At a period when the fatally depraved Nigerians are reeling under the devastating effects of COVID-19 outbreak, when their means of livelihood are struggling to regain its stamina, when massive layoff and disengagement of workers is the order of the day, when those who are lucky to receive salaries are paid in fractions, when the already saturated labour market has reached its crescendo, when citizens have taken up arms against fellow citizens in desperate effort to eke a living. Interestingly, while ours is on a hot pursuit for policies that will further inflict pain on the already frustrated citizens and drive them inner on the edge of life, elsewhere the government is putting in place mechanisms to help individuals and livelihoods return to normalcy. That in reality is the very essence of government. In US for instance, $310bn funds was voted to the Paycheck Protection Program, which offers loans to small businesses so they can keep employees on the payroll. Aside this, poor families are placed on what we have dubbed conditional cash transfer for one year as an immediate relief to the COVID-19 economic crunch. Among other things, a pause in mortgage payments was introduced to support homeowners pending when the economy stabilises.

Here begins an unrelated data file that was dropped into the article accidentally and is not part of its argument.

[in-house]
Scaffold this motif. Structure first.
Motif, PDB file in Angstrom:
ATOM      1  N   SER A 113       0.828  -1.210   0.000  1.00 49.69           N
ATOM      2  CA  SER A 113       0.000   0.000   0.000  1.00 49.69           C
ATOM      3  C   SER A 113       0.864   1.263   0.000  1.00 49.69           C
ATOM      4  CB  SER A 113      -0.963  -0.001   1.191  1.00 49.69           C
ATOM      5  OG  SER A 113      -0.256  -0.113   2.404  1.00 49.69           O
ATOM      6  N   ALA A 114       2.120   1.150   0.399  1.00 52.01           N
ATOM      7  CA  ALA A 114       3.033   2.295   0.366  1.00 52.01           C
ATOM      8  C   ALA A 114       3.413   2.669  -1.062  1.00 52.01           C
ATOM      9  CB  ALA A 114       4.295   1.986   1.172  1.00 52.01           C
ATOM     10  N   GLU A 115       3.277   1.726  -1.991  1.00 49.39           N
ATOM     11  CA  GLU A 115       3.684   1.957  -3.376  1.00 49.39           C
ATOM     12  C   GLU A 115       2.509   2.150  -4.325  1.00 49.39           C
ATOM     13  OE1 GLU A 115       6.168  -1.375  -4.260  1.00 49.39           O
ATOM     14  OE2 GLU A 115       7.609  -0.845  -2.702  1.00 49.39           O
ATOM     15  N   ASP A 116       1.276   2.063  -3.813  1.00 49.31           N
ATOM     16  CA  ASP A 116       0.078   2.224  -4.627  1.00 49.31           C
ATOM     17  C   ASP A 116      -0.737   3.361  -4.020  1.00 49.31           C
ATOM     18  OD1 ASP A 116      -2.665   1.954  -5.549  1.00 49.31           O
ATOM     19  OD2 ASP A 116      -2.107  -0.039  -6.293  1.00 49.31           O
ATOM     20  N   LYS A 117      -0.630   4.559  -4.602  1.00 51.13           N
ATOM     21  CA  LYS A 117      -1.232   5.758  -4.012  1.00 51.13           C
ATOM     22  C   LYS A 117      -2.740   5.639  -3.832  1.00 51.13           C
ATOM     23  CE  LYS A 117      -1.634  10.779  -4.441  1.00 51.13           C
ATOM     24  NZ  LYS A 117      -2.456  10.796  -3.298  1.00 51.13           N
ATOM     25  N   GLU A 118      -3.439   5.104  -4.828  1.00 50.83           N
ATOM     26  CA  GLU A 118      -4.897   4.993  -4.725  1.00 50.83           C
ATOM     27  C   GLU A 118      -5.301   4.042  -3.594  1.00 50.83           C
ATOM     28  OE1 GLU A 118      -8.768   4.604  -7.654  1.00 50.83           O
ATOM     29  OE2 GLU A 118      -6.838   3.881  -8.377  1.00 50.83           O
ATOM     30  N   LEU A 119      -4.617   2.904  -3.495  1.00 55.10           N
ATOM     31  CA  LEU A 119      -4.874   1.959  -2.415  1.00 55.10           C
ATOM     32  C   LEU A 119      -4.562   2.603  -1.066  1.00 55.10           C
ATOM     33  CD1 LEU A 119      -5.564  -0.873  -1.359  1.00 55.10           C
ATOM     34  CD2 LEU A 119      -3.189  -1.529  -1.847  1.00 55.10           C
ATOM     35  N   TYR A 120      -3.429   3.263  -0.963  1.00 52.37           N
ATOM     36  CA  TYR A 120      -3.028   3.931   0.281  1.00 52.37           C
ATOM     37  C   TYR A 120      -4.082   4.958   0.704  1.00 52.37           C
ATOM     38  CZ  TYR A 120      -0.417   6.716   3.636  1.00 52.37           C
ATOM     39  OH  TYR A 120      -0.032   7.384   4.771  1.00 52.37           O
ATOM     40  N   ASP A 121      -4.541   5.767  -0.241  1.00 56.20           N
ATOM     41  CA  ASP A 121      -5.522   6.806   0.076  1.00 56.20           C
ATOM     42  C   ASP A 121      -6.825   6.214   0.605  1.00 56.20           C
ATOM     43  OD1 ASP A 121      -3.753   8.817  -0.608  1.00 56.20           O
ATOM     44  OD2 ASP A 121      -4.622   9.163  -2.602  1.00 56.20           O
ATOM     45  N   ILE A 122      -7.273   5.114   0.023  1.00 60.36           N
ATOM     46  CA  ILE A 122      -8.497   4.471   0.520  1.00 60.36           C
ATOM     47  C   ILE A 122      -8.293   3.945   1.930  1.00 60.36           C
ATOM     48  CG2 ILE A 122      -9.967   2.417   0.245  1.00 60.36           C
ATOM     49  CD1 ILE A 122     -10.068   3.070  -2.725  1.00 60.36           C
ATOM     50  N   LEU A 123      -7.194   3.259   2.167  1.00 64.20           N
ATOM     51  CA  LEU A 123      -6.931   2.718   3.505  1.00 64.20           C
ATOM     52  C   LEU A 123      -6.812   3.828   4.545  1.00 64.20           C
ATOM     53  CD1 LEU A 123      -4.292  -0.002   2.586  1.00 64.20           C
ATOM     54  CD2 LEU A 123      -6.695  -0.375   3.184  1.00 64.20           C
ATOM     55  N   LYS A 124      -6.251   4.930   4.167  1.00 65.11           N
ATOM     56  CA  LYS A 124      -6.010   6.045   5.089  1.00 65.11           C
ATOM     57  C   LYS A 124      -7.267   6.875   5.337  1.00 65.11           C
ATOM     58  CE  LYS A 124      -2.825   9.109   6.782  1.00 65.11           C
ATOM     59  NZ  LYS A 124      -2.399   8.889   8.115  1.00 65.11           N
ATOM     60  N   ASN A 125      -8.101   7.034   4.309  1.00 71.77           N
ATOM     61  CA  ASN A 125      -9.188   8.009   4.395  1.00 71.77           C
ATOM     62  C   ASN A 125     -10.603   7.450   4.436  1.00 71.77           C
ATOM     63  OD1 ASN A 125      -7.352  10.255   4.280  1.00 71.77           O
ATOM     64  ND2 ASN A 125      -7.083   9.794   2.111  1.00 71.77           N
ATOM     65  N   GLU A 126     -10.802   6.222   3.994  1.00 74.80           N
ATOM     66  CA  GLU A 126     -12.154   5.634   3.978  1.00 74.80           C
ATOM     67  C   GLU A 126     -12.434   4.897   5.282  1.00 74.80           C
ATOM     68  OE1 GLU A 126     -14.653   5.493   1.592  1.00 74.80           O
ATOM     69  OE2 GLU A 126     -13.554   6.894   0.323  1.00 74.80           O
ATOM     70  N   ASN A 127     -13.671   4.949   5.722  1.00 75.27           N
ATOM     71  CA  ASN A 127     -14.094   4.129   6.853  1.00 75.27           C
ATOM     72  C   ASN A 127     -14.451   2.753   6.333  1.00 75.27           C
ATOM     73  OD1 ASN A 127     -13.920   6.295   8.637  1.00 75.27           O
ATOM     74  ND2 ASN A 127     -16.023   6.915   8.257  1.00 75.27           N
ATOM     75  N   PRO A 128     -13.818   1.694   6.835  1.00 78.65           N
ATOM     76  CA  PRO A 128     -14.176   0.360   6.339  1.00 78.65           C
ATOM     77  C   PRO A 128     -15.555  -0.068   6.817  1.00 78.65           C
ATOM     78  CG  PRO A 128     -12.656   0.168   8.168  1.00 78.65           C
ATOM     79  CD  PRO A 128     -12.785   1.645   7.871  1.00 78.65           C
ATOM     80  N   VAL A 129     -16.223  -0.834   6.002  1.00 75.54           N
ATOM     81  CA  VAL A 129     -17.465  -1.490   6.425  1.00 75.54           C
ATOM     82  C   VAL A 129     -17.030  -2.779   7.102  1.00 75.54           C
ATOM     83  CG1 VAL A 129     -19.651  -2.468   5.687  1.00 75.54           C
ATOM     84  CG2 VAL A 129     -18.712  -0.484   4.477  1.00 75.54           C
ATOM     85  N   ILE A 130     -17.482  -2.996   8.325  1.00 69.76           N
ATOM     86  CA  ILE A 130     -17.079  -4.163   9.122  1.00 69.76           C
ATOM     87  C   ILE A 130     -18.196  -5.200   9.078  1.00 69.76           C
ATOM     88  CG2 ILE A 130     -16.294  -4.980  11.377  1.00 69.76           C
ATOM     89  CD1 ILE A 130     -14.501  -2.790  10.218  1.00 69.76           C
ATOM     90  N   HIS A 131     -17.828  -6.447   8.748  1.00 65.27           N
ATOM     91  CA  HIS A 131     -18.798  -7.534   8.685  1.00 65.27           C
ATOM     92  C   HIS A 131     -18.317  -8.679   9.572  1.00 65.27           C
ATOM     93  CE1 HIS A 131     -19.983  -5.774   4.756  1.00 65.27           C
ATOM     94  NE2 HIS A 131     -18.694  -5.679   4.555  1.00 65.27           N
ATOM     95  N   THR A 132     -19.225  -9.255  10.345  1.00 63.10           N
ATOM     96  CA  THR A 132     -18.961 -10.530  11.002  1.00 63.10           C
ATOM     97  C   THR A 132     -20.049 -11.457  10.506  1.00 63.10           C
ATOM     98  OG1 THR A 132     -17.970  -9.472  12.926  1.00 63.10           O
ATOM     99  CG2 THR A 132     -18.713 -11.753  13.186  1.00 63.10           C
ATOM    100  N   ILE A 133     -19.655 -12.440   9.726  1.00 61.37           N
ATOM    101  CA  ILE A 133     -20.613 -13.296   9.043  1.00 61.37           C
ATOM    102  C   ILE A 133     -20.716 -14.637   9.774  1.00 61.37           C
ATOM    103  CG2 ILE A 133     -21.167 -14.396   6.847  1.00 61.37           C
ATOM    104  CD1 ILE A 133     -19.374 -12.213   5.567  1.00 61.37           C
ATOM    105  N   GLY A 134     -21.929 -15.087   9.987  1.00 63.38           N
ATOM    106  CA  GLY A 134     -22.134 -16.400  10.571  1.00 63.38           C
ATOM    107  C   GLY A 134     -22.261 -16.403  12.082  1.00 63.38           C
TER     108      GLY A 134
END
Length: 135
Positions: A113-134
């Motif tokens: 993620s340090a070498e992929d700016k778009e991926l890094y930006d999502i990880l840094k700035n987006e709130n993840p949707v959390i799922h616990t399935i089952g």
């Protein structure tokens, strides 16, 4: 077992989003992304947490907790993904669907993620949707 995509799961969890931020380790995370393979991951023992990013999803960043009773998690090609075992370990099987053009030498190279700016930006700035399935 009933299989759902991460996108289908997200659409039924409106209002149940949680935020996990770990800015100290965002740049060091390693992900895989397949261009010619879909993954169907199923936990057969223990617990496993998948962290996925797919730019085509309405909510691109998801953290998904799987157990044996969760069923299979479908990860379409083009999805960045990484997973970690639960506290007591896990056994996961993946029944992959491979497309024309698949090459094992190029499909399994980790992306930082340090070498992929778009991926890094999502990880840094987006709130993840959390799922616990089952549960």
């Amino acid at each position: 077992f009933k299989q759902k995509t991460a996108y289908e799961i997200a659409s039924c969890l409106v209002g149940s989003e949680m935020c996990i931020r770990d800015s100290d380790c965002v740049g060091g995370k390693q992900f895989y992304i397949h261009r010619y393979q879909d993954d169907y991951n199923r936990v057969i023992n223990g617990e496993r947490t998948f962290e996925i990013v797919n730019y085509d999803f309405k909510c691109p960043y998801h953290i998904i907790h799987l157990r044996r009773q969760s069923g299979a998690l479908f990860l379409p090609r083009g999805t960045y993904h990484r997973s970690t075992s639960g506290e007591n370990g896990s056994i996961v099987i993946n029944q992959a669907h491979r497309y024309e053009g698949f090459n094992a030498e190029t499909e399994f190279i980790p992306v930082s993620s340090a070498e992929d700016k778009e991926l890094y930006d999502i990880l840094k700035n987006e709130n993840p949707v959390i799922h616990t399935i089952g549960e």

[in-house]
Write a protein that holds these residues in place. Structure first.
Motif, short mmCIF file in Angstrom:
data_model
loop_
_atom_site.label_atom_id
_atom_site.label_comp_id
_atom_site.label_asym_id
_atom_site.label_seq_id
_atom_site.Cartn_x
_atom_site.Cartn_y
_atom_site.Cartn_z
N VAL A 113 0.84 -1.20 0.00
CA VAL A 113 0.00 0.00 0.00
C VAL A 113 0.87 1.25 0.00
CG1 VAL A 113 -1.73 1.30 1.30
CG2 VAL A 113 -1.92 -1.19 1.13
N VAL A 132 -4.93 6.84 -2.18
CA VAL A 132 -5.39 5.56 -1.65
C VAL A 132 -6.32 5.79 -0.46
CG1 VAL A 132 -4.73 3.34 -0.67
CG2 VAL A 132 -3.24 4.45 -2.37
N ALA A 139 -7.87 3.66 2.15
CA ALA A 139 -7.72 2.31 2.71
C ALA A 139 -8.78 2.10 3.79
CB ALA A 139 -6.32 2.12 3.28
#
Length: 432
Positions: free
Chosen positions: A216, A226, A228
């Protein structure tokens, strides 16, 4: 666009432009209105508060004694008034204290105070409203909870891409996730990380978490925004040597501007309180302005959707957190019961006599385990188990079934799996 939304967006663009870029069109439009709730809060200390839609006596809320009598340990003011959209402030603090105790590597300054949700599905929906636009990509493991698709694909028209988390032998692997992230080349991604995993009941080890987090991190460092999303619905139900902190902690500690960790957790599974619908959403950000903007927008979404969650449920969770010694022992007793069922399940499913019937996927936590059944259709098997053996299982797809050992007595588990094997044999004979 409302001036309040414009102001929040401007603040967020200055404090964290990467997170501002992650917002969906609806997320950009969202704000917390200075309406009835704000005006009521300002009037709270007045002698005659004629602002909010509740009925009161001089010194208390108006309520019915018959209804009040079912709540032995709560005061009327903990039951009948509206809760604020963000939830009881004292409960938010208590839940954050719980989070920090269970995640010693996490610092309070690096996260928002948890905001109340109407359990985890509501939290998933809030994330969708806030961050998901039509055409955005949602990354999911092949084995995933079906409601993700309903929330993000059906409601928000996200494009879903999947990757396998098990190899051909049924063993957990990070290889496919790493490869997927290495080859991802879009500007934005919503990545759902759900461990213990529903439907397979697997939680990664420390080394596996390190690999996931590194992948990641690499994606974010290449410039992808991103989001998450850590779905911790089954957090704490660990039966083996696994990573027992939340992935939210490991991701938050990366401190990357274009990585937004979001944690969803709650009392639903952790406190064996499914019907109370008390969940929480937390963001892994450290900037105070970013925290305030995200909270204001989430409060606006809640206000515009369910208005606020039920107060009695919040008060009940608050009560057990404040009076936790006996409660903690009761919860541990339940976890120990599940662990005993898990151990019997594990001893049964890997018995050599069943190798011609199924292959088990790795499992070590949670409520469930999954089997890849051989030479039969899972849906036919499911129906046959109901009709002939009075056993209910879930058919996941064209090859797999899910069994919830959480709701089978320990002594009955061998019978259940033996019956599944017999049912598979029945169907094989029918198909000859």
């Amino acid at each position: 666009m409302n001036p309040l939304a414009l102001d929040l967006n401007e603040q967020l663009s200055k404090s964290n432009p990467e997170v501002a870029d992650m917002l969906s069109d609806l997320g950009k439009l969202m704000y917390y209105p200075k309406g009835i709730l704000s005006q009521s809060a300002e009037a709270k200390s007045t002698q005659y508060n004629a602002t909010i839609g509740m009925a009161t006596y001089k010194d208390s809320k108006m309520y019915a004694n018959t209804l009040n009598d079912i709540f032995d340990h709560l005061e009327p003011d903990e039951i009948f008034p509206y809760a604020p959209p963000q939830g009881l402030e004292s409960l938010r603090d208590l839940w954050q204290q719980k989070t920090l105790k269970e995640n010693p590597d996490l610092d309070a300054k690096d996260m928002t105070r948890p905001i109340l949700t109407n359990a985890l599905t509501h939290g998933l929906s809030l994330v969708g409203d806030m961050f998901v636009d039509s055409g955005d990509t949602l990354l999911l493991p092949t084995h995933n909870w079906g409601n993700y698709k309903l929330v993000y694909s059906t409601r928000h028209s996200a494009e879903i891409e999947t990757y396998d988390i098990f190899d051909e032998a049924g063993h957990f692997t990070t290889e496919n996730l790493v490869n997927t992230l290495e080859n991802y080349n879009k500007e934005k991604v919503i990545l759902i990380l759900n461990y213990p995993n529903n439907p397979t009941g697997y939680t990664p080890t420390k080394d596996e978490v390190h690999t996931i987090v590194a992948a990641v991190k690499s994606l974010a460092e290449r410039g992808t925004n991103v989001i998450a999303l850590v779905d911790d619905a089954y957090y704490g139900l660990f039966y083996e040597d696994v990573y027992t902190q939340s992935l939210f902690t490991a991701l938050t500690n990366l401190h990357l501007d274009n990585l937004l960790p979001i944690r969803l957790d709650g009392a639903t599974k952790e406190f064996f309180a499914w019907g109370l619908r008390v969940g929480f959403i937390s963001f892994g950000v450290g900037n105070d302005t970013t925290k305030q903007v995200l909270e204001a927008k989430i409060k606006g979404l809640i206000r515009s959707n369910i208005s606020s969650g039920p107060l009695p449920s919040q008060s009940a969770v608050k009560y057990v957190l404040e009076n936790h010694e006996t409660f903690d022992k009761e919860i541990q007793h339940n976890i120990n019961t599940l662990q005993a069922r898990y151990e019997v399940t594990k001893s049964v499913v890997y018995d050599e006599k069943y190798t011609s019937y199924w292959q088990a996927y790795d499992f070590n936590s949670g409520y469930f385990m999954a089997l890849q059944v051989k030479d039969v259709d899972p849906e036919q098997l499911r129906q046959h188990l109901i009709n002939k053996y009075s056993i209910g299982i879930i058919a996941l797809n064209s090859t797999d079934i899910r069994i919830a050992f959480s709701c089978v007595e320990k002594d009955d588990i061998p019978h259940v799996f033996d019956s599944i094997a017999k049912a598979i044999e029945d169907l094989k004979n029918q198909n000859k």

Here, the government struggles to explain how the so called removal of fuel subsidy (it never admitted exists) will be the one-stop solution the country needs to take her out of the current variegated odysseys. Sadly, the burden of our country’s lean pocket is usually passed on the doorstep of the common man but when there is so much to fritter, they are shoved aside while the big men enjoy their fleece. This is a government that pumps billions of Naira in turnaround maintenance on moribund, dead refineries that refine nothing but total waste. This is a government whose anti corruption profile has become a subterfuge of ruse.